National Pet Memorial Day occurs on Sunday, Sept. 9th, so we’re focusing this month on pet hospice care. When a pet has a life expectancy from months down to a few days, and pet parents are not ready to euthanize them, hospice care becomes the appropriate option to ensure that pets are kept comfortable.
What is Pet Hospice Care?
Pet hospice care is different from regular veterinary care because the treatment goals shift from proactive treatment of aging or disease to keeping pets comfortable until they pass or are euthanized. When a pet is put into hospice care, it doesn’t automatically mean that treatment for their condition stops. It simply shifts the focus to comfort care.
Typical elements of pet hospice care can include any of the following:
- Medications and/or therapies to relieve a pet’s pain, nausea, or discomfort
- Nutritional programs
- Ensuring proper hydration (ranging from administering sub-cutaneous fluids that can be absorbed into the body to IVs)
- Planning for helping pets with defecation and urination, and keeping them clean
- Modifying the hospice care plan as changes occur in your pet’s end-of-life process
How To Know When to Deploy Pet Hospice Care
Pet hospice care is put in place when pet parents confer with their veterinarian, and make the decision to shift their pet to hospice care. This is a decision that can be made for a variety of reasons:
- Your pet may have a progressive or terminal illness, but is still maintaining some quality of life.
- Your pet is not suffering but you may not be ready to say goodbye and want a bit more time with your pet.
- Pet parents may be opposed to euthanasia.
In all of those instances, pet hospice care is the option that provides the veterinary care & home care that prevents suffering and keeps your pet comfortable during their end-of-life process.
What’s the Process of Pet Hospice Care?
Once the decision has been made to shift a pet to hospice care, here are typical examples of what happens:
- During the hospice process, pet owners are asked to watch their pet carefully for changes in comfort and communicate consistently with their veterinarian.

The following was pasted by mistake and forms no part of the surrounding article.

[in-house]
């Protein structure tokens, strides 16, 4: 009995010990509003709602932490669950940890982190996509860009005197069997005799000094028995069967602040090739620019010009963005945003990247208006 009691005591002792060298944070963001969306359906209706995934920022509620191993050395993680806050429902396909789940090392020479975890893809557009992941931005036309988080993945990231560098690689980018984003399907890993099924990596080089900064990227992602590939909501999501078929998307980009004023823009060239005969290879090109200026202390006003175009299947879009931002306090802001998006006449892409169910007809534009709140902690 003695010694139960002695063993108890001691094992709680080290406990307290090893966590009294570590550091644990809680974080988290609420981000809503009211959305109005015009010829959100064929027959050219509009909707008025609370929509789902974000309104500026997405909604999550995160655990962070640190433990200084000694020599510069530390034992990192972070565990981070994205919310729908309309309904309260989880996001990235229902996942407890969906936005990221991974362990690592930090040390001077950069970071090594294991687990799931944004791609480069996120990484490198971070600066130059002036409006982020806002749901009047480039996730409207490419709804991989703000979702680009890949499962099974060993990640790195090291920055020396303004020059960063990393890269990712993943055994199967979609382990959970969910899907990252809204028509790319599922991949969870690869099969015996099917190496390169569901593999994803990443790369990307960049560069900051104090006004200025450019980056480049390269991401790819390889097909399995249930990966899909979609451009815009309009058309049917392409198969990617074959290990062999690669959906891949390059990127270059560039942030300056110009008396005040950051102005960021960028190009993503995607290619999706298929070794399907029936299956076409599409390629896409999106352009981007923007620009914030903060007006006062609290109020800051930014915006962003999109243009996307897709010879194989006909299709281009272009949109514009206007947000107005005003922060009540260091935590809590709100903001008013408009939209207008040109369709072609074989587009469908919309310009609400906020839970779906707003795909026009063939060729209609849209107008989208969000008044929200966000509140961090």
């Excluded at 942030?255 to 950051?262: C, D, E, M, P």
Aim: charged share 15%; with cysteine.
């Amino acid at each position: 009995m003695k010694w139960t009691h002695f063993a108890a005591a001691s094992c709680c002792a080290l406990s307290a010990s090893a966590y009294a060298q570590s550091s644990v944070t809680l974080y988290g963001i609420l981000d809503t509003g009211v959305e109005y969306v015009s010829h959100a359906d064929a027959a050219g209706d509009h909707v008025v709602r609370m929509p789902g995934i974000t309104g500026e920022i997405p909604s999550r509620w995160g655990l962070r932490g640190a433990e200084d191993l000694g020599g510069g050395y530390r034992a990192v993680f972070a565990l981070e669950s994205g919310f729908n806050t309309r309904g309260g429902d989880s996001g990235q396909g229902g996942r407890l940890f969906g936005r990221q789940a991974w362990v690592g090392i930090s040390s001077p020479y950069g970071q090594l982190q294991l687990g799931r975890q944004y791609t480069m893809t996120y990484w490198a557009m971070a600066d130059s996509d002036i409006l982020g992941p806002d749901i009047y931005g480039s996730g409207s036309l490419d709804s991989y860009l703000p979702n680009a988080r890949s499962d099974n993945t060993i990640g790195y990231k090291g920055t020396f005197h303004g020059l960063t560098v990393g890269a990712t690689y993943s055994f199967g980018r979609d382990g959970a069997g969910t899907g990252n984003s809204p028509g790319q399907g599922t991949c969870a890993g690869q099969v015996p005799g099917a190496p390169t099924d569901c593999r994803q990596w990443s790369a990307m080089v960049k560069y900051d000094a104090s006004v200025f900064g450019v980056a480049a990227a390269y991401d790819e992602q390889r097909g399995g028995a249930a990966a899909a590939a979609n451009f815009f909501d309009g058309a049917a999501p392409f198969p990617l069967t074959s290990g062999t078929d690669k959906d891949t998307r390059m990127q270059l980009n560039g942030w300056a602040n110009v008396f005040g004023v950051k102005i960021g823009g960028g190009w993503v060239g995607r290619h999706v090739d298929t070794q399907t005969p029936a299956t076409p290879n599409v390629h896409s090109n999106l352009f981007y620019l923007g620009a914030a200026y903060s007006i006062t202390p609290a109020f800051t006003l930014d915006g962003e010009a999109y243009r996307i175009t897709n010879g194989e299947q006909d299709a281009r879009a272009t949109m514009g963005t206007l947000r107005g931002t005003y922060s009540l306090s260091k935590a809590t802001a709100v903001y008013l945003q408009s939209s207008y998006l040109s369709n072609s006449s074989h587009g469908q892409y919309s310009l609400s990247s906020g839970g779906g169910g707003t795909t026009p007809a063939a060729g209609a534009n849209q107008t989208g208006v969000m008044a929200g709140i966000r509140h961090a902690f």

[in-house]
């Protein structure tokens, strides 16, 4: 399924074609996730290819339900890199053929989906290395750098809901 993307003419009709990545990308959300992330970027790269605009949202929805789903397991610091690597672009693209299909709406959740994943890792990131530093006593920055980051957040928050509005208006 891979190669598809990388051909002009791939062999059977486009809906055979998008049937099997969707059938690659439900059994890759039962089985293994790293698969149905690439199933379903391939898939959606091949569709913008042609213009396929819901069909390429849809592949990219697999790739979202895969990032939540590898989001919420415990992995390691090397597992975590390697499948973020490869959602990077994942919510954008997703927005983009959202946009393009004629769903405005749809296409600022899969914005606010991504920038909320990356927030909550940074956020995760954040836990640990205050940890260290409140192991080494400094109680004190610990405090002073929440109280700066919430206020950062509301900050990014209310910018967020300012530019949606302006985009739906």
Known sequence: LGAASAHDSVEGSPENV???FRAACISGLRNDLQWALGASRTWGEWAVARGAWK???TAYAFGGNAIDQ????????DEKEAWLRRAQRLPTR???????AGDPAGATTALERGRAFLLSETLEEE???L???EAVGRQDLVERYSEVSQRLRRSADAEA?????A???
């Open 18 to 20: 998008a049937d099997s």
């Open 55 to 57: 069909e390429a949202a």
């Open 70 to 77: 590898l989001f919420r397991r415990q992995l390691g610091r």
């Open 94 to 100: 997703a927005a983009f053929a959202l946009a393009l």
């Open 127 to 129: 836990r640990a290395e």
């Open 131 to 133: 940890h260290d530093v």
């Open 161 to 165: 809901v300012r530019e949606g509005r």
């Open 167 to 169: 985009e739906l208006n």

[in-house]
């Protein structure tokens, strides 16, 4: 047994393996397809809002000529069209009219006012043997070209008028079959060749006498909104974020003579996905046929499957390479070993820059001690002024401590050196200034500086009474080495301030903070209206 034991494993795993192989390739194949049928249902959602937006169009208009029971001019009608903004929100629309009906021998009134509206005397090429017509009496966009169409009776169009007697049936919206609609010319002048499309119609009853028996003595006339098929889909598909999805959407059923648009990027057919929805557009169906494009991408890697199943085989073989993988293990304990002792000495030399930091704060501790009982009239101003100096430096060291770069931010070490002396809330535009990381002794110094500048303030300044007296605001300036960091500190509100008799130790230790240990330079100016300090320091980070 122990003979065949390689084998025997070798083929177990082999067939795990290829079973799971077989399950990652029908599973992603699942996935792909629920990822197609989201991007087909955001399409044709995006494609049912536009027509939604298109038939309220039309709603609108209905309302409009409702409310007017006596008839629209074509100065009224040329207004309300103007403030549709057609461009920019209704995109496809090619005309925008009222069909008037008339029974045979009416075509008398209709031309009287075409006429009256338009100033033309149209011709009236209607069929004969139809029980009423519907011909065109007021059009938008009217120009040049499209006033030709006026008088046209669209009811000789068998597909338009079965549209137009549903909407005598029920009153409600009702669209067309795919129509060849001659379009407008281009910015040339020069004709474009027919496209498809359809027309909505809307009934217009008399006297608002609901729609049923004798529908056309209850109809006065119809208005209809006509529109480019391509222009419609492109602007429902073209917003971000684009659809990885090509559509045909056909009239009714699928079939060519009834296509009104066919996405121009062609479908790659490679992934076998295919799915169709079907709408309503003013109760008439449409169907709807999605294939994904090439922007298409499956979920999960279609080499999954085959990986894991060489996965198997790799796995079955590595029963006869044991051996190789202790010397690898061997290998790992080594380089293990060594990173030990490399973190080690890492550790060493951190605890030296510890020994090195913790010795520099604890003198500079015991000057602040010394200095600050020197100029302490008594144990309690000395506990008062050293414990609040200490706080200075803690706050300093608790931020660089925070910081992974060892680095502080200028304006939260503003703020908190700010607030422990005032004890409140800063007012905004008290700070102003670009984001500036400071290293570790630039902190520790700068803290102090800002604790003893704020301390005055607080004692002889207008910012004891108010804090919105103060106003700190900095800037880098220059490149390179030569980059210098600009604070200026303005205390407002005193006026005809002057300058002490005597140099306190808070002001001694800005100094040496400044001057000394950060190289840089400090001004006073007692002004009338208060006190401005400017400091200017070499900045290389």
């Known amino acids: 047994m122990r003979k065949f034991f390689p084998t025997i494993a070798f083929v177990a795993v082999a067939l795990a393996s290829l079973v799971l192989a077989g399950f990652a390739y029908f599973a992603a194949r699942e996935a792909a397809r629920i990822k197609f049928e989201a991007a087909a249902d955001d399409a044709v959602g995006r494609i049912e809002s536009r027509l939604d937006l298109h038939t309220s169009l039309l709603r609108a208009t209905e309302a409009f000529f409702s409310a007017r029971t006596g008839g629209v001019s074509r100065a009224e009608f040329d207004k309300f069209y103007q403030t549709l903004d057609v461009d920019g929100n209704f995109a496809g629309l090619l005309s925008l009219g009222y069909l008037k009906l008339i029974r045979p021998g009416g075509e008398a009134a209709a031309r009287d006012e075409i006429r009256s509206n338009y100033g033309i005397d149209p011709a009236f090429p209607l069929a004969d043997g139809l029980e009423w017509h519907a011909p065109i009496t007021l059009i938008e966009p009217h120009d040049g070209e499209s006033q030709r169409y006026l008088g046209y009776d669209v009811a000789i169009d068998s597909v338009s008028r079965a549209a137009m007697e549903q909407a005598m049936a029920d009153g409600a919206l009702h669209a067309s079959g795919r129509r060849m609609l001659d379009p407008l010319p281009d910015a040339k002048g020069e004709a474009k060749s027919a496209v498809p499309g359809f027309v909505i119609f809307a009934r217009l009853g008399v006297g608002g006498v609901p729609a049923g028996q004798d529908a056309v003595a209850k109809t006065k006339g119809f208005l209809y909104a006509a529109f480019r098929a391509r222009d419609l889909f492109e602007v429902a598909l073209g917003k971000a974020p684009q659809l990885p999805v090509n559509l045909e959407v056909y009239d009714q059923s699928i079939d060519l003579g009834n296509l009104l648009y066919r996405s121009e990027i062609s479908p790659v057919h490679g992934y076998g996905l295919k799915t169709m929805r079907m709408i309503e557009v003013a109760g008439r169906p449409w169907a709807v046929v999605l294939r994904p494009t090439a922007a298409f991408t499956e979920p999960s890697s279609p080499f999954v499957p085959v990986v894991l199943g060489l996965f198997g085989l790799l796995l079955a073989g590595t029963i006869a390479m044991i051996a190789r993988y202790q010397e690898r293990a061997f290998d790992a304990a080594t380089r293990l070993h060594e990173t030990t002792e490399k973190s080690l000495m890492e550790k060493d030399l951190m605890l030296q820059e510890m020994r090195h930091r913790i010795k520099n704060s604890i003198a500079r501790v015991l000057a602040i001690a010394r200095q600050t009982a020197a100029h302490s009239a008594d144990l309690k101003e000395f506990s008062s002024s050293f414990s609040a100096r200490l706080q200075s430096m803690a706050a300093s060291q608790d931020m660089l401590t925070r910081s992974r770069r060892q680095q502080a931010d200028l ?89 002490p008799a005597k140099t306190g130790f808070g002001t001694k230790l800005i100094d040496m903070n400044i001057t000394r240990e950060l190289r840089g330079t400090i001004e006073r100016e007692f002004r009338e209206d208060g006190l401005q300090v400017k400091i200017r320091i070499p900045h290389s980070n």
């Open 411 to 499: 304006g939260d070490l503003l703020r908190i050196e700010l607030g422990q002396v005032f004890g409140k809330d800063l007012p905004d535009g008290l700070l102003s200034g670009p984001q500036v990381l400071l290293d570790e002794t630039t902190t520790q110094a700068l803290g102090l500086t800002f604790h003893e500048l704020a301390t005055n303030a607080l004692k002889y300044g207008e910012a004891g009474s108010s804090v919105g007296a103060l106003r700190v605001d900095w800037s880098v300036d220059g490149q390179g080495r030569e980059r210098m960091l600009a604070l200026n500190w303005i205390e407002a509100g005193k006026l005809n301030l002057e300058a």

- In conjunction with their veterinarian, medications may be changed or increased as needed to ensure your pet’s comfort.
- Veterinarians may need to make housecalls to check on your pet, or provide more advanced comfort care such as injecting subcutaneous fluids to help keep your pet properly hydrated.
- If your pet passes peacefully with as much comfort as possible, then the hospice objective has been met.
- If your pet ultimately needs to be euthanized, the hospice treatment provided much-needed time to say goodbye and thank you.
Pet Hospice Care Is An Increasing Trend
More and more pet parents are opting for hospice care for senior pets, or pets with a terminal condition as a way to ensure a comfortable end-of-life experience for their pets. If you think your senior pet, or ill dog or cat may be in need of hospice care, please contact your veterinarian for a thoughtful consultation.
Sky Canyon Veterinary Hospital Pet Parent Alert 1: If you think it’s time to put your pet on hospice meds, contact us to schedule the necessary blood work. This month, Sky Canyon Veterinary Hospital is offering a 10% discount on an NSAID blood panel to make sure your pet’s liver and kidneys are healthy and can handle hospice meds.
Sky Canyon Veterinary Hospital Pet Parent Alert 2: If you want to let your senior or ill pet go in the comfort of your own home, Sky Canyon Veterinary Hospital offers home visits for euthanasia.
Contact Sky Canyon Veterinary Hospital, or call 970.985.4911 if you need assistance with pet hospice care.